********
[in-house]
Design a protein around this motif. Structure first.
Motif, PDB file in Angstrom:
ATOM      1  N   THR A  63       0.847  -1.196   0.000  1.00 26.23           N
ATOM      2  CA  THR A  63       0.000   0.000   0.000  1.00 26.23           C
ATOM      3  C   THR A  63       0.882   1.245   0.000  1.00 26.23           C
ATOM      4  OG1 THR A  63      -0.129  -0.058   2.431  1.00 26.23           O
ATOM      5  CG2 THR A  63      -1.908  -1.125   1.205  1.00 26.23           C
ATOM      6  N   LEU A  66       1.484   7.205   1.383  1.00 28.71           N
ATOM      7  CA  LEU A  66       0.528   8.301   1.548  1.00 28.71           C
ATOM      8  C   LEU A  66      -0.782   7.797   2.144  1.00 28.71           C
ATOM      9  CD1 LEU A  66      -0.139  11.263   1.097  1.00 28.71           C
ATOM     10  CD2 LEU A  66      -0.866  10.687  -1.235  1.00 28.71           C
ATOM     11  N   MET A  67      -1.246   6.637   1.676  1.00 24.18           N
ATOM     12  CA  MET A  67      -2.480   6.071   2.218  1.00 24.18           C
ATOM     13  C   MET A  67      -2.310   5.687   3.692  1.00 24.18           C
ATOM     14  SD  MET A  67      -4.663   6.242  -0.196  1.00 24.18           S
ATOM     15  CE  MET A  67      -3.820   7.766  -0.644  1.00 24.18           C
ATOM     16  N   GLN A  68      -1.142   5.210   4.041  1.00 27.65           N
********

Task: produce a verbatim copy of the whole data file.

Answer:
[in-house]
Design a protein around this motif. Structure first.
Motif, PDB file in Angstrom:
ATOM      1  N   THR A  63       0.847  -1.196   0.000  1.00 26.23           N
ATOM      2  CA  THR A  63       0.000   0.000   0.000  1.00 26.23           C
ATOM      3  C   THR A  63       0.882   1.245   0.000  1.00 26.23           C
ATOM      4  OG1 THR A  63      -0.129  -0.058   2.431  1.00 26.23           O
ATOM      5  CG2 THR A  63      -1.908  -1.125   1.205  1.00 26.23           C
ATOM      6  N   LEU A  66       1.484   7.205   1.383  1.00 28.71           N
ATOM      7  CA  LEU A  66       0.528   8.301   1.548  1.00 28.71           C
ATOM      8  C   LEU A  66      -0.782   7.797   2.144  1.00 28.71           C
ATOM      9  CD1 LEU A  66      -0.139  11.263   1.097  1.00 28.71           C
ATOM     10  CD2 LEU A  66      -0.866  10.687  -1.235  1.00 28.71           C
ATOM     11  N   MET A  67      -1.246   6.637   1.676  1.00 24.18           N
ATOM     12  CA  MET A  67      -2.480   6.071   2.218  1.00 24.18           C
ATOM     13  C   MET A  67      -2.310   5.687   3.692  1.00 24.18           C
ATOM     14  SD  MET A  67      -4.663   6.242  -0.196  1.00 24.18           S
ATOM     15  CE  MET A  67      -3.820   7.766  -0.644  1.00 24.18           C
ATOM     16  N   GLN A  68      -1.142   5.210   4.041  1.00 27.65           N